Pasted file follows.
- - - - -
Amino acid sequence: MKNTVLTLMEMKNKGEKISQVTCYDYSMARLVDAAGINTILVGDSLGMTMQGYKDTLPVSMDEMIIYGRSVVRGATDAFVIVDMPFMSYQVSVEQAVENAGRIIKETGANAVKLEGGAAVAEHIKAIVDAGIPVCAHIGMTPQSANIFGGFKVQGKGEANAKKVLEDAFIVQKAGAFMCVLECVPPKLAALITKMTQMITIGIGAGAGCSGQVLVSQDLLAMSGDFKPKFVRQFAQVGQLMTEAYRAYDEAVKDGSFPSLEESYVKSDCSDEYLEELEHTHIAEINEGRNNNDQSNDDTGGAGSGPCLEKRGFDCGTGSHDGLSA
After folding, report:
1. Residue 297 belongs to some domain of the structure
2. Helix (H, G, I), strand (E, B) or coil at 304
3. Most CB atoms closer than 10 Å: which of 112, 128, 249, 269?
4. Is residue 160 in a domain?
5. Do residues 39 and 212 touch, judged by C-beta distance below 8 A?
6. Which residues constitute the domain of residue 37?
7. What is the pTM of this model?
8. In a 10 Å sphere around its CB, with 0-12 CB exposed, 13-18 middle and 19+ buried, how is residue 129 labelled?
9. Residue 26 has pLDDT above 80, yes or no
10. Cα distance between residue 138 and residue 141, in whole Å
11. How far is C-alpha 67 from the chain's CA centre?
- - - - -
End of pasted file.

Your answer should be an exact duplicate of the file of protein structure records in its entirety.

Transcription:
Amino acid sequence: MKNTVLTLMEMKNKGEKISQVTCYDYSMARLVDAAGINTILVGDSLGMTMQGYKDTLPVSMDEMIIYGRSVVRGATDAFVIVDMPFMSYQVSVEQAVENAGRIIKETGANAVKLEGGAAVAEHIKAIVDAGIPVCAHIGMTPQSANIFGGFKVQGKGEANAKKVLEDAFIVQKAGAFMCVLECVPPKLAALITKMTQMITIGIGAGAGCSGQVLVSQDLLAMSGDFKPKFVRQFAQVGQLMTEAYRAYDEAVKDGSFPSLEESYVKSDCSDEYLEELEHTHIAEINEGRNNNDQSNDDTGGAGSGPCLEKRGFDCGTGSHDGLSA
After folding, report:
1. Residue 297 belongs to some domain of the structure
2. Helix (H, G, I), strand (E, B) or coil at 304
3. Most CB atoms closer than 10 Å: which of 112, 128, 249, 269?
4. Is residue 160 in a domain?
5. Do residues 39 and 212 touch, judged by C-beta distance below 8 A?
6. Which residues constitute the domain of residue 37?
7. What is the pTM of this model?
8. In a 10 Å sphere around its CB, with 0-12 CB exposed, 13-18 middle and 19+ buried, how is residue 129 labelled?
9. Residue 26 has pLDDT above 80, yes or no
10. Cα distance between residue 138 and residue 141, in whole Å
11. How far is C-alpha 67 from the chain's CA centre?